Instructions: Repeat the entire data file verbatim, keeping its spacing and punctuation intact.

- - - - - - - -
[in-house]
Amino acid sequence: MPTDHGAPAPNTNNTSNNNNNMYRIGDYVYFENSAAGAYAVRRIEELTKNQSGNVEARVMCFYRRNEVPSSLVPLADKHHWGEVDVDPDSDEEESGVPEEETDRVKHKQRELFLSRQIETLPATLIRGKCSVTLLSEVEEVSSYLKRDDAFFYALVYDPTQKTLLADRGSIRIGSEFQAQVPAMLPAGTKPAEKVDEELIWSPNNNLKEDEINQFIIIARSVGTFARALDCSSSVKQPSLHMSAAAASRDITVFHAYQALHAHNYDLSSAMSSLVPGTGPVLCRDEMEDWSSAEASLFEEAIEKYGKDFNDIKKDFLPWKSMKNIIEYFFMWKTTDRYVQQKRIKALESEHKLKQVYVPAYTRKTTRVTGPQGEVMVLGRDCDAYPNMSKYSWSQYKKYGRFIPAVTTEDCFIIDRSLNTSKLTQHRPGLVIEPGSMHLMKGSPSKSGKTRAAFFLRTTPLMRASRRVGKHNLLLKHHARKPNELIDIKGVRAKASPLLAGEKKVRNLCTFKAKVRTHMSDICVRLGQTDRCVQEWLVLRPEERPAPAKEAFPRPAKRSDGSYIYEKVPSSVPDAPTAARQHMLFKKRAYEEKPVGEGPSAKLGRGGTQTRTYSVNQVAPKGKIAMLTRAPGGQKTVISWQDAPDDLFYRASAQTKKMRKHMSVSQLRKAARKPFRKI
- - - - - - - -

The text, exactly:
[in-house]
Amino acid sequence: MPTDHGAPAPNTNNTSNNNNNMYRIGDYVYFENSAAGAYAVRRIEELTKNQSGNVEARVMCFYRRNEVPSSLVPLADKHHWGEVDVDPDSDEEESGVPEEETDRVKHKQRELFLSRQIETLPATLIRGKCSVTLLSEVEEVSSYLKRDDAFFYALVYDPTQKTLLADRGSIRIGSEFQAQVPAMLPAGTKPAEKVDEELIWSPNNNLKEDEINQFIIIARSVGTFARALDCSSSVKQPSLHMSAAAASRDITVFHAYQALHAHNYDLSSAMSSLVPGTGPVLCRDEMEDWSSAEASLFEEAIEKYGKDFNDIKKDFLPWKSMKNIIEYFFMWKTTDRYVQQKRIKALESEHKLKQVYVPAYTRKTTRVTGPQGEVMVLGRDCDAYPNMSKYSWSQYKKYGRFIPAVTTEDCFIIDRSLNTSKLTQHRPGLVIEPGSMHLMKGSPSKSGKTRAAFFLRTTPLMRASRRVGKHNLLLKHHARKPNELIDIKGVRAKASPLLAGEKKVRNLCTFKAKVRTHMSDICVRLGQTDRCVQEWLVLRPEERPAPAKEAFPRPAKRSDGSYIYEKVPSSVPDAPTAARQHMLFKKRAYEEKPVGEGPSAKLGRGGTQTRTYSVNQVAPKGKIAMLTRAPGGQKTVISWQDAPDDLFYRASAQTKKMRKHMSVSQLRKAARKPFRKI